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GDPR turbocharges identity and access management spending

News Analysis
Dec 08, 20173 mins
ComplianceData and Information SecurityIdentity Management Solutions

IAM market predicted to eclipse $16 billion by 2022

facial recognition - biometric security identification - binary face
Credit: Thinkstock

Cybercrime isn’t the only market driver for cybersecurity products and services.

In a recent interview with BNN — Canada’s only all business and financial news channel — Robert Herjavec, founder and CEO at Herjavec Group, said compliance is driving 50 percent of the cybersecurity market.

The looming GDPR deadline of May 25, 2018 — and the anticipated fines for non-compliance after that date — has spurred identity and access management (IAM) spending, which is expected to grow at a CAGR (compound annual growth rate) of 12-15 percent over the next five years.

Cybersecurity Ventures predicts global spending on IAM products and services will exceed $16 billion USD annually by 2022.

Compliance is your strongest firewall,” says Rob Hegedus, CEO at Sera-Brynn. The way Hegedus sees it, compliance isn’t just a legal requirement; it’s a key ingredient that needs to be baked into every organization’s cybersecurity.

IAM helps companies meet GDPR compliance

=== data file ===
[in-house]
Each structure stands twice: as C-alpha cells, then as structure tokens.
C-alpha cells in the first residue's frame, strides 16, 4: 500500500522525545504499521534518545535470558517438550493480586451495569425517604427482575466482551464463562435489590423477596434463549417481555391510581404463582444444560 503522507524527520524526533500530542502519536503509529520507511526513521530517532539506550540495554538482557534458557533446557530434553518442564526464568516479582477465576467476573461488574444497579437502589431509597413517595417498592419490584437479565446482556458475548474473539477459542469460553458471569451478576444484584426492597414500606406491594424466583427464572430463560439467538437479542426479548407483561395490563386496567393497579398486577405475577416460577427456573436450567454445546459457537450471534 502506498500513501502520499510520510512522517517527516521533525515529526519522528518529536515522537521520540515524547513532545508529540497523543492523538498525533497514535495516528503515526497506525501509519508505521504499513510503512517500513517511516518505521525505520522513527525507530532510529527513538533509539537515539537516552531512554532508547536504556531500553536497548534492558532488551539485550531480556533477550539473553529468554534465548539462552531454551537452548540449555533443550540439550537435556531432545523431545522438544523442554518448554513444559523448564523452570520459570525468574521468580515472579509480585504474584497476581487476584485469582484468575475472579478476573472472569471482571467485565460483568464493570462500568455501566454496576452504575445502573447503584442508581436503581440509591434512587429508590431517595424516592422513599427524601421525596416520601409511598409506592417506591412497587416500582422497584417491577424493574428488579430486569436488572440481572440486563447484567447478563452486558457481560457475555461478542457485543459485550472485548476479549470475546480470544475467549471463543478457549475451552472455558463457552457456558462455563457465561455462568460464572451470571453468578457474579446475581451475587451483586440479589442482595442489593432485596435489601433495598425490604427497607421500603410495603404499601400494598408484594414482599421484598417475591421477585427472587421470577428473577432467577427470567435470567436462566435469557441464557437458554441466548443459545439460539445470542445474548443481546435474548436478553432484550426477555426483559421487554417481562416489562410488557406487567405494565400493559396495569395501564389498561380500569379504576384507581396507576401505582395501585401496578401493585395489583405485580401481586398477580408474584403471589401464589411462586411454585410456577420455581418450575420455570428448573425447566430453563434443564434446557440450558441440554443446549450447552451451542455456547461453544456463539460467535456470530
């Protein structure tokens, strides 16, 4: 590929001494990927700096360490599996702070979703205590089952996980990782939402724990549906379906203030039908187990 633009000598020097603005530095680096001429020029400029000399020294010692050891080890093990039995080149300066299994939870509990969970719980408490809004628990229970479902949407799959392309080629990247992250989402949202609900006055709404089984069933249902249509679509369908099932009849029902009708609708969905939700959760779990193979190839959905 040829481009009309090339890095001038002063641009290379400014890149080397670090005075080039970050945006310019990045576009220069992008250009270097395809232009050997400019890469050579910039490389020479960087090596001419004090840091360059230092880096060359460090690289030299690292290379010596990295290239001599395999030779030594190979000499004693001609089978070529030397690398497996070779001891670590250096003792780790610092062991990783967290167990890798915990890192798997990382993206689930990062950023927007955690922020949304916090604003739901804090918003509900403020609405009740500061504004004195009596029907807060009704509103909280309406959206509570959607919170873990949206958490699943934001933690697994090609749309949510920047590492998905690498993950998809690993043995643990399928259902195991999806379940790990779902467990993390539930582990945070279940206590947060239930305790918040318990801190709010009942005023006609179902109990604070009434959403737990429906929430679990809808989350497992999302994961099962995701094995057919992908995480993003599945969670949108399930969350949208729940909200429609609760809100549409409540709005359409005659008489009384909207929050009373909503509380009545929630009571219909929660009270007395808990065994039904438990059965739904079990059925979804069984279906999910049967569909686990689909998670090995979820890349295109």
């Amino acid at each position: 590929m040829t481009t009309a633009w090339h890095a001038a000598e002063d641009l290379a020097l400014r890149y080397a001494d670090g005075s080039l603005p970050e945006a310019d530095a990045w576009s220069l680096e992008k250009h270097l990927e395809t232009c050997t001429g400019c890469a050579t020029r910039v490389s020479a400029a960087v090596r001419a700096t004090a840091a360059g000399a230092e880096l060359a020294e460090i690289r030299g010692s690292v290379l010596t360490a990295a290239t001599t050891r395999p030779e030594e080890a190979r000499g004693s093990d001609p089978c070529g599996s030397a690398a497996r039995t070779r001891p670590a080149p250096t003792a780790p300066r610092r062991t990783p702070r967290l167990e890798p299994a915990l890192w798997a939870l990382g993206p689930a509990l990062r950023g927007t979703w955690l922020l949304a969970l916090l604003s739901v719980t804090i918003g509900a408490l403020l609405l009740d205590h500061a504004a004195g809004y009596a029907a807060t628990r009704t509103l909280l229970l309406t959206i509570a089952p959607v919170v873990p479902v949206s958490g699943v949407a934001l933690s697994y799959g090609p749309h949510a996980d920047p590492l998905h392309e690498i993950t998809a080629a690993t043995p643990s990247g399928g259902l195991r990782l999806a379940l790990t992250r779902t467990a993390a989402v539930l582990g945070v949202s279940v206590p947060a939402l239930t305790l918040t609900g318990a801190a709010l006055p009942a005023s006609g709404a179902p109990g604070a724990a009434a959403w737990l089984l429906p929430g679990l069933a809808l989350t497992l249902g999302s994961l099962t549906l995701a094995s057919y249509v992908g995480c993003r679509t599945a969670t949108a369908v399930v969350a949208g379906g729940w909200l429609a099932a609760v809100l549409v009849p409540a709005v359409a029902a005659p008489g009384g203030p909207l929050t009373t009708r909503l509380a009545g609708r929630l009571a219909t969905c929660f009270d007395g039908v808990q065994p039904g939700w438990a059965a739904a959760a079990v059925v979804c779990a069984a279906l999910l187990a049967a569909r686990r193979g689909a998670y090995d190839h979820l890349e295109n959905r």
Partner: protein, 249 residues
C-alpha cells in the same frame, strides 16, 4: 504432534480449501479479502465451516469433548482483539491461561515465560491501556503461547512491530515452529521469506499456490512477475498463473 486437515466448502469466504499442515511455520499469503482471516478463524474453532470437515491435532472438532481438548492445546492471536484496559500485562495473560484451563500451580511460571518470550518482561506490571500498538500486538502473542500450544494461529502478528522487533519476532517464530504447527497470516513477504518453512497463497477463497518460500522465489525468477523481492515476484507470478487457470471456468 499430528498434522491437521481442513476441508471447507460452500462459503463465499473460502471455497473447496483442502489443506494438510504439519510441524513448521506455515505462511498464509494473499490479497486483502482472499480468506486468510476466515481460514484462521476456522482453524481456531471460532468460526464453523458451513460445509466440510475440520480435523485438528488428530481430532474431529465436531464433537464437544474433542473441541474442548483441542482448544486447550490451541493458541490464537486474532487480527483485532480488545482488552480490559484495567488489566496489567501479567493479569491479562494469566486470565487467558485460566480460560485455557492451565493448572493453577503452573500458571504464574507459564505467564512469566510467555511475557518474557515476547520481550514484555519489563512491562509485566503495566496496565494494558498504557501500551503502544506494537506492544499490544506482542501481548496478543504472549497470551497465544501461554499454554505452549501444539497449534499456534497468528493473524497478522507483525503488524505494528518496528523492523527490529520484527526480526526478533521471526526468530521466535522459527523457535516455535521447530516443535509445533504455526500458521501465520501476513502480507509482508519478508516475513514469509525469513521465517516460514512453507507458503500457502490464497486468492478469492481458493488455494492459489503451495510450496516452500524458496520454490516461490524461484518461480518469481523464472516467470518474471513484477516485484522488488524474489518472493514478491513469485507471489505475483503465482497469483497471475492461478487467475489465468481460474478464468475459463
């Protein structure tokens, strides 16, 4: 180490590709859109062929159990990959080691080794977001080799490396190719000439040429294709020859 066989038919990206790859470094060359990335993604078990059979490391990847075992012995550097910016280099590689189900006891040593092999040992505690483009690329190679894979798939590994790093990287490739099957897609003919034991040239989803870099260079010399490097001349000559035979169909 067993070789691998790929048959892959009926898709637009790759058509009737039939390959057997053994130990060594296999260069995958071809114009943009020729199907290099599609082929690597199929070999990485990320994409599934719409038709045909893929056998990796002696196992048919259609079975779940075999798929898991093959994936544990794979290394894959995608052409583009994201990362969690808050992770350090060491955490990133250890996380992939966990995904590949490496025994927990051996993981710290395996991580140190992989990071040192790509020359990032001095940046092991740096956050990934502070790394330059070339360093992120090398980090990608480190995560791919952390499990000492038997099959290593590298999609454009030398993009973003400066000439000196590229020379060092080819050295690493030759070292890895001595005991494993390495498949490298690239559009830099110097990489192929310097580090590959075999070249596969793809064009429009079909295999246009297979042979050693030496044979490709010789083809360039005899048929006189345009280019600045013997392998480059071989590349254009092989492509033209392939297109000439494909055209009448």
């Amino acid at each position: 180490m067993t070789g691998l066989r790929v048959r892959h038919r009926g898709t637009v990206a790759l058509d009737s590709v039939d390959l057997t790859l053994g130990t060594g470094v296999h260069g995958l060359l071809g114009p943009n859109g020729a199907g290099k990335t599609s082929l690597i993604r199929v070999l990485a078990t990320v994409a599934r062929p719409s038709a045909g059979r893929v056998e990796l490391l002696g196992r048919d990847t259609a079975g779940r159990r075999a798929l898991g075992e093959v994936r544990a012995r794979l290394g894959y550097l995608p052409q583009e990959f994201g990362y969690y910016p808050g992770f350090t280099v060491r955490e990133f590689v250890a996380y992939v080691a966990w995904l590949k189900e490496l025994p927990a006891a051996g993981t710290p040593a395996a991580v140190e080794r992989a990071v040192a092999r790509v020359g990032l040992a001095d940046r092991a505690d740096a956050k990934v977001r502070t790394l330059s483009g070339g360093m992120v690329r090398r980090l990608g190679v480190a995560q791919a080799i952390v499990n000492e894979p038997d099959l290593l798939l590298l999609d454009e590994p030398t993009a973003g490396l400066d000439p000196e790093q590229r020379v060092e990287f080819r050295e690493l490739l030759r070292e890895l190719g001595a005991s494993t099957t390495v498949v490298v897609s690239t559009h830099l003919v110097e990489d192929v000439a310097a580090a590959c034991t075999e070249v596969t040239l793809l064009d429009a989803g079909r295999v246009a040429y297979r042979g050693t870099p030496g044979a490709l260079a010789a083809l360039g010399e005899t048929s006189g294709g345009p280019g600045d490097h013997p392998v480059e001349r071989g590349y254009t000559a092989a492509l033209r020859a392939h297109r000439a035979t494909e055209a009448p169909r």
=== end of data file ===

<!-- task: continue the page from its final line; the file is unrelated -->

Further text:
A recent CSO story calls IAM a knight in shining armor for IT executives who are losing sleep over the looming GDPR deadline. Why? IAM has most of what’s needed to meet GDPR compliance when dealing with a person’s data.

What is GDPR? Hopefully there’s not a CIO or CISO out there asking. But just in case there is, The European Parliament and the Council of the European Union explains the General Data Protection Regulation for everyone.

Which companies does the GDPR affect? Any company that stores or processes personal information about EU citizens within EU states must comply with the GDPR, even if they do not have a business presence within the EU.

Roughly two-thirds of U.S. companies believe the GDPR will require them to rethink their strategy in Europe, according to an Ovum report.

Likewise, companies globally doing business in EU need to plan around GDPR.

IAM in of itself doesn’t spell GDPR compliance. But it’s a big piece of the puzzle that organizations will be relying heavily upon leading up to the spring 2018 deadline.

GDPR affecting biometrics market, too

Another market expected to see a boost in spending due to GDPR is biometrics, which ties into IAM. The financial services industry is an early adopter, embracing biometrics to better identify individuals and control privileged user access to data.

If there’s one thing for sure, it’s that GDPR is going to be a pain in the wallet. The question for many organizations is if they’ll be doling out cash for IAM, biometrics and related solutions — or for compliance fines.

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Steve Morgan is the founder and CEO at Cybersecurity Ventures and editor in chief of the Cybersecurity Market Report. The Cybersecurity Market Report is published quarterly and covers the business of cybersecurity, including global market sizing and industry forecasts from consolidated research by IT analyst firms, emerging trends, employment, the federal sector, hot companies to watch, notable M&A, investment and IPO activity, and more.